THE United Nations High Commissioner for Refugees (UNCHR) in Namibia, along with the Norwegian government, have reached out to a Burundi family desperately in search of life-saving medical treatment for their son.
The Rusake family are refugees from the Burundian civil war who have been living at the Osire refugee camp since fleeing to Namibia in 2002.
"When I found out nine months ago that my baby was not well, I went from hospital to hospital searching for help. When he worsened and medical staff could no longer do anything more, I approached the UNHCR in November last year," said Lydia Niyonsaba, the mother of two-year old Simon Rusake.
Simon suffers from congenital heart disease, a heart problem present from birth that impairs blood circulation throughout the body and causes severe swelling in parts of his body. His condition was so severe that he was unable to eat at one stage. Fortunately, the Katutura State Hospital staff was able to treat him to the extent that he was able to eat again. However, Simon's heart condition did not better.
"We are grateful to the Katutura Hospital staff who helped where they could. We are also grateful to the Namibian government for their hospitality towards refugees. Namibia's treatment of refugees cannot be compared with other African countries, surely it is the best in terms of providing security, food and hospitality," said the UNHCR representative in Namibia, Lawrence Mgbangson.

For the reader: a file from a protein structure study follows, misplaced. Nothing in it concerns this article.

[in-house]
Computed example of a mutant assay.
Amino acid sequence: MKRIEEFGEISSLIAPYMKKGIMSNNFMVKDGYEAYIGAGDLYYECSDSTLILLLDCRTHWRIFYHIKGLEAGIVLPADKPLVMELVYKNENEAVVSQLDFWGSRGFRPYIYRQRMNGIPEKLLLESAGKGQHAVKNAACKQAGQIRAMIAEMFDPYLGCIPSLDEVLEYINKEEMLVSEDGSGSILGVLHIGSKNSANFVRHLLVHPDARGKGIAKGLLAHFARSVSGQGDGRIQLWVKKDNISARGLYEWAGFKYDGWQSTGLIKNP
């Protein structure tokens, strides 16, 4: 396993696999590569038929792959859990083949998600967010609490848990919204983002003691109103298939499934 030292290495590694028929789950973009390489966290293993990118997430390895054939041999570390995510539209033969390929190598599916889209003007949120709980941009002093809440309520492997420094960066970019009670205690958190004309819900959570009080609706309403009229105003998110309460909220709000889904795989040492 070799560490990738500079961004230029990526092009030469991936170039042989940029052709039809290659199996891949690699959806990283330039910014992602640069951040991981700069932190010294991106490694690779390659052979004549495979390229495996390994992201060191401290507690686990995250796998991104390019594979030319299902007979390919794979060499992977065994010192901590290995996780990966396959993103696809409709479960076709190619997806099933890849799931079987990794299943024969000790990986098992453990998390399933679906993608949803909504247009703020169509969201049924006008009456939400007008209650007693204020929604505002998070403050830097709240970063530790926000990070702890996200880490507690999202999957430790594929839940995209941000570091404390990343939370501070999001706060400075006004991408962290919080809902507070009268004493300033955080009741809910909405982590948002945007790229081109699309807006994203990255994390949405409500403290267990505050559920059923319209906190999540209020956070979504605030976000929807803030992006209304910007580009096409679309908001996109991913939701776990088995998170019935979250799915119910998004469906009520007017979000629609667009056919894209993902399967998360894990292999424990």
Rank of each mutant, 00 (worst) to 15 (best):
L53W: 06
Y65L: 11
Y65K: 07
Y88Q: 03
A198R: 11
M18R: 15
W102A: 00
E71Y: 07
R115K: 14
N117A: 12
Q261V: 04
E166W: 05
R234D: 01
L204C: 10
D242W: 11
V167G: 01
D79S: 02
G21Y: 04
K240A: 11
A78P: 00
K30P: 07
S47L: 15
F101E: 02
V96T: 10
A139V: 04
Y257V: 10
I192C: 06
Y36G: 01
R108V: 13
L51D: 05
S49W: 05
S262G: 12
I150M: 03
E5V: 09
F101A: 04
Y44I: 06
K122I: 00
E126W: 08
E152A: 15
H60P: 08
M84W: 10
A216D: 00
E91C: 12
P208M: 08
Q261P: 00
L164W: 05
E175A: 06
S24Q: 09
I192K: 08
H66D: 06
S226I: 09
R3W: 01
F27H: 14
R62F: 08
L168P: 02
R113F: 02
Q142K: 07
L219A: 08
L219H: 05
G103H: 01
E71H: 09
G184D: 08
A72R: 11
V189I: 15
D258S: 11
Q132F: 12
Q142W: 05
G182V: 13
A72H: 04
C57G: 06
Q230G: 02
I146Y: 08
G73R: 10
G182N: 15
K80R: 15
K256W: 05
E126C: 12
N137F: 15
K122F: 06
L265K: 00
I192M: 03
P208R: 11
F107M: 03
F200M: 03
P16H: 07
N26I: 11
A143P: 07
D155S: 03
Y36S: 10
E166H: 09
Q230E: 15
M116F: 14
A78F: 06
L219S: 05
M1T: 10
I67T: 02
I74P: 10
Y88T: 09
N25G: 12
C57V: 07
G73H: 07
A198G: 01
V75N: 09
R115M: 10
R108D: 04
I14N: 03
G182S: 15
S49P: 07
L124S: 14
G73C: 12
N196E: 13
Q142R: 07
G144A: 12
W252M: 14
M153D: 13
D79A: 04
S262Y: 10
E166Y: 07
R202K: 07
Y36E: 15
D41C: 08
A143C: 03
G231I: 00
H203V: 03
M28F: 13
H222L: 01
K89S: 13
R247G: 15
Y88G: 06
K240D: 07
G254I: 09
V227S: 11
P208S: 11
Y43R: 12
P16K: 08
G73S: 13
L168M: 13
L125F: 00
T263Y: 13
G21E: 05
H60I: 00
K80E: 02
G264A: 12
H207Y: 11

Mgbangson approached several organisations for assistance and finally received help from the Norwegian government.
"Simon's case has drawn international attention, with several countries and organisations assisting where they could. Finally, we received help from the Norway government who will assist Simon's operation and grant the Rusake family residency," said Mgbangson.
"This operation has been long awaited and we can only thank God and everyone who helped us in our time of need," said Simon's father, Bertrand Rusake.